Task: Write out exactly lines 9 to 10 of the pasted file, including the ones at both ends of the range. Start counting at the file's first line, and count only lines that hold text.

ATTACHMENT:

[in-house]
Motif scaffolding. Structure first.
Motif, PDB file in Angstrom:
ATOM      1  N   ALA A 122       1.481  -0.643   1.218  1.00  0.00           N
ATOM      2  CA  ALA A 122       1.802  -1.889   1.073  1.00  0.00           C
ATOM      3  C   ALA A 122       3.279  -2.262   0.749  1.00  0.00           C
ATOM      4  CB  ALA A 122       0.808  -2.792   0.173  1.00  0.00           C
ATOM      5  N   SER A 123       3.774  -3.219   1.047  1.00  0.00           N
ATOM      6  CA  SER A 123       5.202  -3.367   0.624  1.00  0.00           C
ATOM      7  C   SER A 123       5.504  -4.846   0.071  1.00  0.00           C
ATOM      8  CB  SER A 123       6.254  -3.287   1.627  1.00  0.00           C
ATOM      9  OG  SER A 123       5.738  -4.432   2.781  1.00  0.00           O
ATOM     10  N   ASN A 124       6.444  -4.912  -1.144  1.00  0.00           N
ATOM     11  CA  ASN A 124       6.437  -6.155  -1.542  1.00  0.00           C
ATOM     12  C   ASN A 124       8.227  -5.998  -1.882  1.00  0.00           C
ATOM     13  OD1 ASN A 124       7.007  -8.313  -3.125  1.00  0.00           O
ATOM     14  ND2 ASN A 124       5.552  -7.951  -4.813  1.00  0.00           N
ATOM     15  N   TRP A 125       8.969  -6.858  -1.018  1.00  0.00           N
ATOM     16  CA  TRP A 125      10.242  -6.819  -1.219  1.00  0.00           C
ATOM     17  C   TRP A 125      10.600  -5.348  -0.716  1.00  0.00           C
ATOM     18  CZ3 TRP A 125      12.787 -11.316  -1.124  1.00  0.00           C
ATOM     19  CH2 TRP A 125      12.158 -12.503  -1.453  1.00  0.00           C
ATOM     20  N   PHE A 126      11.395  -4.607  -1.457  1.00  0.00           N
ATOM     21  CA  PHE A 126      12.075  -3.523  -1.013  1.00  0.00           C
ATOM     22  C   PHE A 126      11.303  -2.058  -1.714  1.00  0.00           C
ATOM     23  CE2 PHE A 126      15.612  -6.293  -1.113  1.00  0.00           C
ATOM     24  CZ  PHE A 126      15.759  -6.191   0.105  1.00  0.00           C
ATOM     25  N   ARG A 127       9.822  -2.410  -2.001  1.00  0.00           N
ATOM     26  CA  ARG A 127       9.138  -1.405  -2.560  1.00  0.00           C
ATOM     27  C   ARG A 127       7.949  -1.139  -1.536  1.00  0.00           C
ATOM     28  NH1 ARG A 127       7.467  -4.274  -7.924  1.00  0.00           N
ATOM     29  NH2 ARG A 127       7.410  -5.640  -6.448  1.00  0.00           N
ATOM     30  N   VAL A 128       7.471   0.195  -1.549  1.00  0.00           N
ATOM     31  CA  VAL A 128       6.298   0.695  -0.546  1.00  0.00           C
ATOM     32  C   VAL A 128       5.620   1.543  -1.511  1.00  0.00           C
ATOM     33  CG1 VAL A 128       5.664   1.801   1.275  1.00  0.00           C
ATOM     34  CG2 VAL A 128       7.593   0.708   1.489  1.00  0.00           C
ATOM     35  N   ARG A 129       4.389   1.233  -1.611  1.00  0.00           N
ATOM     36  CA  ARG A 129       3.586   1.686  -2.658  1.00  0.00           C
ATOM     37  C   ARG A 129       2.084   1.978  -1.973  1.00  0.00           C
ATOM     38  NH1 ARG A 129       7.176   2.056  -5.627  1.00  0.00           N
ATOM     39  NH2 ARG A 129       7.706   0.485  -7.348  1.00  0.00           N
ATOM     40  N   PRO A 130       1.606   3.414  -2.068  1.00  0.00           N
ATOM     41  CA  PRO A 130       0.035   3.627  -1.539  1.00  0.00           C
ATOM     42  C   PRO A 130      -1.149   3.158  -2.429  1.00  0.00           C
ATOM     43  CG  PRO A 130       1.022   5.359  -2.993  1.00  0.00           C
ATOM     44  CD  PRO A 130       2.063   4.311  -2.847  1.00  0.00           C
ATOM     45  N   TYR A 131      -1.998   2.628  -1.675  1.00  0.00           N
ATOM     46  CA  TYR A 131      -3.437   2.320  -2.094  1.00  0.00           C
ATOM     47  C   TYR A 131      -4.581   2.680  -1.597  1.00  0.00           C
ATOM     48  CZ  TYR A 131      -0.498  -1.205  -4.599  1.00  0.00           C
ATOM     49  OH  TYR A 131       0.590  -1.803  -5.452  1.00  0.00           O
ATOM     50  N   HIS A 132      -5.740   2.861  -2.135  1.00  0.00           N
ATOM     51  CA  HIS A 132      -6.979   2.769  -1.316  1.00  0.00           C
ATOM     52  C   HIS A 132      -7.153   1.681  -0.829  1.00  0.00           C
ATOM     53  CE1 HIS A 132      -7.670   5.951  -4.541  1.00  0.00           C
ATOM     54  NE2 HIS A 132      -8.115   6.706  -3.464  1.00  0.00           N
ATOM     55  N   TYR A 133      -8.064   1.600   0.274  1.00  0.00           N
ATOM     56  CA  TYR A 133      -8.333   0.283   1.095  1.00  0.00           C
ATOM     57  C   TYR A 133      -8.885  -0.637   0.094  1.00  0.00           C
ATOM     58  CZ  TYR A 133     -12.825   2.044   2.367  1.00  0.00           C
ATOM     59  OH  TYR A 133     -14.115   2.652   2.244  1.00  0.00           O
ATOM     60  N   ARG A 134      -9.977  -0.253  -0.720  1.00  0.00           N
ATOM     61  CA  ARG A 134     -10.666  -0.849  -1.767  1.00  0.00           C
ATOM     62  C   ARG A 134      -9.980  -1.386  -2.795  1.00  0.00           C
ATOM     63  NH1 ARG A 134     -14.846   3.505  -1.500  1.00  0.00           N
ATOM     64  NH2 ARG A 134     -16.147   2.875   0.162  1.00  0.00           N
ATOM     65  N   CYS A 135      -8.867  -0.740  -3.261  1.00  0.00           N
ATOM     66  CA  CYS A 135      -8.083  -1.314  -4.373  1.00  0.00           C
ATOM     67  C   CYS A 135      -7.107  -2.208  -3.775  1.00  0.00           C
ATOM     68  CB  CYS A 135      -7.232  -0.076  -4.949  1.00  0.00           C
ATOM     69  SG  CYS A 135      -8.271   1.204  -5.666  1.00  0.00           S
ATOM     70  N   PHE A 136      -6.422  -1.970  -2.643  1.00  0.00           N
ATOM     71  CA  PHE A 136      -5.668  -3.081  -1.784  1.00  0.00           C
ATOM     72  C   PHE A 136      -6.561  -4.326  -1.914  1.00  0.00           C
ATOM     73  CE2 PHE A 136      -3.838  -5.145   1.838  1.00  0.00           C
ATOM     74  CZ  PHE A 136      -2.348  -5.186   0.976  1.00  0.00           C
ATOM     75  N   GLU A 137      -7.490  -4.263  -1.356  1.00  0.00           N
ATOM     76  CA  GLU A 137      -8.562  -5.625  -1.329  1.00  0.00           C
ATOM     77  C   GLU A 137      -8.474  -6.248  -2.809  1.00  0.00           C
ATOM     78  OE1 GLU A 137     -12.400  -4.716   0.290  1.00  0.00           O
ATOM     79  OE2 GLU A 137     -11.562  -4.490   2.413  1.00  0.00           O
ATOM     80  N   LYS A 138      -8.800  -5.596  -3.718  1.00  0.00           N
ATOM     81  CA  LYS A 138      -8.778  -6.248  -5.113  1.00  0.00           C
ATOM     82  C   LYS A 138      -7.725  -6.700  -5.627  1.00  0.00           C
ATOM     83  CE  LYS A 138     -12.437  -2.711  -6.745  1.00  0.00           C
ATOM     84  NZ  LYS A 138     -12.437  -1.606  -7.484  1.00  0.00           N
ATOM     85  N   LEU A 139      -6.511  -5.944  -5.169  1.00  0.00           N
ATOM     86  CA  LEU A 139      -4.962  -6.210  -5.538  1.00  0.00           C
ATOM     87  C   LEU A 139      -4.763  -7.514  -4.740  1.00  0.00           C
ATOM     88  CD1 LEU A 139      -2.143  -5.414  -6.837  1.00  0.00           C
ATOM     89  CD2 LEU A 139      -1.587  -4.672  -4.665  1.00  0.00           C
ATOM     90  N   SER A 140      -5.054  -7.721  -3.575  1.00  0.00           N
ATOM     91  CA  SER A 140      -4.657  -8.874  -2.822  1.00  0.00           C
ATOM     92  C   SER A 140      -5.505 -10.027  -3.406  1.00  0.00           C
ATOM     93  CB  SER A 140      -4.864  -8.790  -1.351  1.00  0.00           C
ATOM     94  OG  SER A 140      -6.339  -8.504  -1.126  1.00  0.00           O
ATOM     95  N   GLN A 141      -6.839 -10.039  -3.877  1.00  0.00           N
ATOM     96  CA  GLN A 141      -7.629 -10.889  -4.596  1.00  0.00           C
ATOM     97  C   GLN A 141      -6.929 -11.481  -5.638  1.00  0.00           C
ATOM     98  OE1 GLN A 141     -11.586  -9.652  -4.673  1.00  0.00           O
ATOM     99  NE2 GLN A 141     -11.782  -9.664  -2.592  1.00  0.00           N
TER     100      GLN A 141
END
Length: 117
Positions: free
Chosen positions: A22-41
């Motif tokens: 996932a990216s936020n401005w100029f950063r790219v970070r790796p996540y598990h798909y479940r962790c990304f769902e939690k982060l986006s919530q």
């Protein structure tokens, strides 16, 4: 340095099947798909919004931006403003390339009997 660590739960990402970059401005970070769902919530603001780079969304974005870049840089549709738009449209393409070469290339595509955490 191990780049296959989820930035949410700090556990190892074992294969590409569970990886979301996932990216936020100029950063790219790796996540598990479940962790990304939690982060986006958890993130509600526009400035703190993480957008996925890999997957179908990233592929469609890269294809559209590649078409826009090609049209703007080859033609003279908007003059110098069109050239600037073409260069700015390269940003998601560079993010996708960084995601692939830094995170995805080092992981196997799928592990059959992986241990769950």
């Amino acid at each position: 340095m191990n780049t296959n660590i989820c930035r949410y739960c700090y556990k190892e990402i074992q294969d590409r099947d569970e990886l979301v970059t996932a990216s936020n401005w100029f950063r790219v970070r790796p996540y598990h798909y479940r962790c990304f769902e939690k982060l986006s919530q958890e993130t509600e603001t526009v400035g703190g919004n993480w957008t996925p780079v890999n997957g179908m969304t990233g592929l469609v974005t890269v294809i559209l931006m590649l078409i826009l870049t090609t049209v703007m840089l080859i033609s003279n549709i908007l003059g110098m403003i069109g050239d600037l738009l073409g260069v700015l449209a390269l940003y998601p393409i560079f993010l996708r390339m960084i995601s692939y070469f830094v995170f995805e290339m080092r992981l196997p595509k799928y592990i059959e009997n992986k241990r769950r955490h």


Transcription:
ATOM      6  CA  SER A 123       5.202  -3.367   0.624  1.00  0.00           C
ATOM      7  C   SER A 123       5.504  -4.846   0.071  1.00  0.00           C